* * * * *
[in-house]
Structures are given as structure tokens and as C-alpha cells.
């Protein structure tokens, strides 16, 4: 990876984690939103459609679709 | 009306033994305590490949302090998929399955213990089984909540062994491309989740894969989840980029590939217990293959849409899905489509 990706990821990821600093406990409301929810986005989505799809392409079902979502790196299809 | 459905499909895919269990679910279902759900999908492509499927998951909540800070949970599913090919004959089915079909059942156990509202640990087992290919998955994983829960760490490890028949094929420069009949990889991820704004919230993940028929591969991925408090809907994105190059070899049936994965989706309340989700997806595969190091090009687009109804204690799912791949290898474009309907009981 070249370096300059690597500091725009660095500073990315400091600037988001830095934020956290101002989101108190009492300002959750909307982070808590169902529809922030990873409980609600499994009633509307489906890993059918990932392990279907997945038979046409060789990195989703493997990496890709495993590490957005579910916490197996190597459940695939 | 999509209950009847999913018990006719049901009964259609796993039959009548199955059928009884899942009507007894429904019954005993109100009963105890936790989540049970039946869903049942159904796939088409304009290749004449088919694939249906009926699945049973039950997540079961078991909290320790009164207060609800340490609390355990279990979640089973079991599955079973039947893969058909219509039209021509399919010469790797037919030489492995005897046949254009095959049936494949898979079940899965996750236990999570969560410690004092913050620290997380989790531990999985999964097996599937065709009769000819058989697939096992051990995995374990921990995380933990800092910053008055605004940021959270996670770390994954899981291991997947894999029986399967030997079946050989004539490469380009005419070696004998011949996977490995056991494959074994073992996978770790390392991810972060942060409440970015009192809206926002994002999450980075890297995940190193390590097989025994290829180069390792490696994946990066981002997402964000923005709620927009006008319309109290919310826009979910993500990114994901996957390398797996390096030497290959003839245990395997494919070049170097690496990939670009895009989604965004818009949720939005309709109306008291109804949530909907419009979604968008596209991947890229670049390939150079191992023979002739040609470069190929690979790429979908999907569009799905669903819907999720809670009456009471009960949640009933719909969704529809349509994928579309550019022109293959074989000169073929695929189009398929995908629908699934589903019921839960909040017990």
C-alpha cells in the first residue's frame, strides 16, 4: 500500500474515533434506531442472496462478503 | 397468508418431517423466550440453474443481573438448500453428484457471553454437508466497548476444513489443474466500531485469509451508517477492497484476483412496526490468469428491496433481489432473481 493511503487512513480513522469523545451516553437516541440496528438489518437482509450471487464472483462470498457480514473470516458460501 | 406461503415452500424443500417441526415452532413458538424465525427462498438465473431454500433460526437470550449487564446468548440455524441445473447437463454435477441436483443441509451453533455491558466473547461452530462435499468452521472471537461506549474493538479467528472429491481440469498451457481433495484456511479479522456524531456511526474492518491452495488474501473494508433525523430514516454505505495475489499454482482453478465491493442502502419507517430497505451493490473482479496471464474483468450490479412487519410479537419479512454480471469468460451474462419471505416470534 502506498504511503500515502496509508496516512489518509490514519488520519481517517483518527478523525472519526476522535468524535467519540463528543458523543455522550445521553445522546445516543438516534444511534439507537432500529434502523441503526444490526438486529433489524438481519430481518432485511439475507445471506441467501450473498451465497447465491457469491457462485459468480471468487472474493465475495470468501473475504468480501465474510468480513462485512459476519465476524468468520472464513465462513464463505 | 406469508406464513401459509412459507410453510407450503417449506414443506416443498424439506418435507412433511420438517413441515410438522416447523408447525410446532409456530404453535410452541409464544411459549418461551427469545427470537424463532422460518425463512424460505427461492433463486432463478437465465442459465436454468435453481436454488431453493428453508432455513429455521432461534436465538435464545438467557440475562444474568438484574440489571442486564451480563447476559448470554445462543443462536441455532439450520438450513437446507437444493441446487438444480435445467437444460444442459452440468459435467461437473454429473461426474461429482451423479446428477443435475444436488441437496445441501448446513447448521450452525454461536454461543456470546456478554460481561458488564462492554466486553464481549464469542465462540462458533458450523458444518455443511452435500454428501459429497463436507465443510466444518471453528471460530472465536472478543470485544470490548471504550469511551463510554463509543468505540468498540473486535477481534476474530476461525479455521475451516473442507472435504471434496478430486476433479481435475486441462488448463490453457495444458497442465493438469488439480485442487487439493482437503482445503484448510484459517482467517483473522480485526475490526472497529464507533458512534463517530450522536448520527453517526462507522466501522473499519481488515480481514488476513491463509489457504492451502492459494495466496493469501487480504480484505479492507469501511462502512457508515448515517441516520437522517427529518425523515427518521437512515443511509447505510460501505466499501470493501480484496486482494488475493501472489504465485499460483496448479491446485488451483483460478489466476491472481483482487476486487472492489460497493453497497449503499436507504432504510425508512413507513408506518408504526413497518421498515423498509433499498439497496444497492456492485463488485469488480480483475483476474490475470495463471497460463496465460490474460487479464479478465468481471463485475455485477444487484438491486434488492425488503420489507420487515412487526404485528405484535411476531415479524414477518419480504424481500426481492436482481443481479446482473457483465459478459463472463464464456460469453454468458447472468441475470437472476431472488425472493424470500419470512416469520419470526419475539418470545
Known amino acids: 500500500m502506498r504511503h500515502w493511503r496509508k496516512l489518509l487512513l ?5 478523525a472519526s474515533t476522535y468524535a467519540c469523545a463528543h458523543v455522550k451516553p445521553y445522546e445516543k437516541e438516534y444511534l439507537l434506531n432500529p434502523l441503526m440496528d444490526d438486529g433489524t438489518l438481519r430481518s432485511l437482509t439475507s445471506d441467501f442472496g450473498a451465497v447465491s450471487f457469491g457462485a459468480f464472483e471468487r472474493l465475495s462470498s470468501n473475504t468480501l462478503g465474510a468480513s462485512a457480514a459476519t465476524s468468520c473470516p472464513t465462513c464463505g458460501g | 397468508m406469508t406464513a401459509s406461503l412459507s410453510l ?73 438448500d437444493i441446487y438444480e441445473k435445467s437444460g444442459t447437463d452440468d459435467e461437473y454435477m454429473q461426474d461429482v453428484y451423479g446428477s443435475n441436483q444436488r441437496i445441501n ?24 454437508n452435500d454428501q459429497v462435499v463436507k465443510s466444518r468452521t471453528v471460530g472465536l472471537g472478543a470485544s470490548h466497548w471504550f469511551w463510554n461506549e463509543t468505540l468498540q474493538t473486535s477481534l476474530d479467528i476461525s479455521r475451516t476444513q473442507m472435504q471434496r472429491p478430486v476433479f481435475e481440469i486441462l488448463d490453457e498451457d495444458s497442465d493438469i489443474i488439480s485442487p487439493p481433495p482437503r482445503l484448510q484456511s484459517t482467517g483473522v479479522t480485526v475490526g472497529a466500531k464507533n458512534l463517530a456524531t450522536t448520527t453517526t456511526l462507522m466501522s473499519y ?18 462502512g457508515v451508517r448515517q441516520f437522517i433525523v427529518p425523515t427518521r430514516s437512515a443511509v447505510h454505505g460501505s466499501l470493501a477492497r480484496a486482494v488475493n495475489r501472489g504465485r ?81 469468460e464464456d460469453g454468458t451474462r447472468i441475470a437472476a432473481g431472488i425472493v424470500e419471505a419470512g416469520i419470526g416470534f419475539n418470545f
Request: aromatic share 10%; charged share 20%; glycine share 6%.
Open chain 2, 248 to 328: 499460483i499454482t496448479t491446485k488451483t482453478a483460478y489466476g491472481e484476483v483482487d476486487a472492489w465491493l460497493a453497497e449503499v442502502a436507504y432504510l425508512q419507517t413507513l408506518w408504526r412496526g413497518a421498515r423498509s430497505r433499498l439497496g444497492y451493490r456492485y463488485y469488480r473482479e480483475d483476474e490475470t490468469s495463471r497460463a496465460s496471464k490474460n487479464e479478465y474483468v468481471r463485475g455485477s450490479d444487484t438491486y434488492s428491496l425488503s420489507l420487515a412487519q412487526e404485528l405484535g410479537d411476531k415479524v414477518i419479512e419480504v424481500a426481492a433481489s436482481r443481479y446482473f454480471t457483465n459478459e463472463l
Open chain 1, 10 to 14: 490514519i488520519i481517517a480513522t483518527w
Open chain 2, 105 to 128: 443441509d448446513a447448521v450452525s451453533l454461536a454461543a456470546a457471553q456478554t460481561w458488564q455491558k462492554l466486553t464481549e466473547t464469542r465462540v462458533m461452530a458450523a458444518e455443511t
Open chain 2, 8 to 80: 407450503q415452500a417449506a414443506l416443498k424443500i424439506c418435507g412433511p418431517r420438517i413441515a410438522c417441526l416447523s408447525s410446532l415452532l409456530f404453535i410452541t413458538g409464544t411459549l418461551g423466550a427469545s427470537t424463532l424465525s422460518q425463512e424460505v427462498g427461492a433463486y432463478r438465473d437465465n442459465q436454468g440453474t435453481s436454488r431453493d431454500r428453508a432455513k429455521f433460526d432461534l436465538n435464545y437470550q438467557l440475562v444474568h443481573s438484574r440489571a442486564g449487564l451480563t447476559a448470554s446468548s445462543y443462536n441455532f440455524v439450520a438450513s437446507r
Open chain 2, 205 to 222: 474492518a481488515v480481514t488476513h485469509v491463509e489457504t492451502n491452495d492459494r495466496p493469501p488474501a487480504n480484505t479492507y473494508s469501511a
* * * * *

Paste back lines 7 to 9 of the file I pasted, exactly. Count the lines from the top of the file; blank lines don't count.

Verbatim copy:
Open chain 2, 248 to 328: 499460483i499454482t496448479t491446485k488451483t482453478a483460478y489466476g491472481e484476483v483482487d476486487a472492489w465491493l460497493a453497497e449503499v442502502a436507504y432504510l425508512q419507517t413507513l408506518w408504526r412496526g413497518a421498515r423498509s430497505r433499498l439497496g444497492y451493490r456492485y463488485y469488480r473482479e480483475d483476474e490475470t490468469s495463471r497460463a496465460s496471464k490474460n487479464e479478465y474483468v468481471r463485475g455485477s450490479d444487484t438491486y434488492s428491496l425488503s420489507l420487515a412487519q412487526e404485528l405484535g410479537d411476531k415479524v414477518i419479512e419480504v424481500a426481492a433481489s436482481r443481479y446482473f454480471t457483465n459478459e463472463l
Open chain 1, 10 to 14: 490514519i488520519i481517517a480513522t483518527w
Open chain 2, 105 to 128: 443441509d448446513a447448521v450452525s451453533l454461536a454461543a456470546a457471553q456478554t460481561w458488564q455491558k462492554l466486553t464481549e466473547t464469542r465462540v462458533m461452530a458450523a458444518e455443511t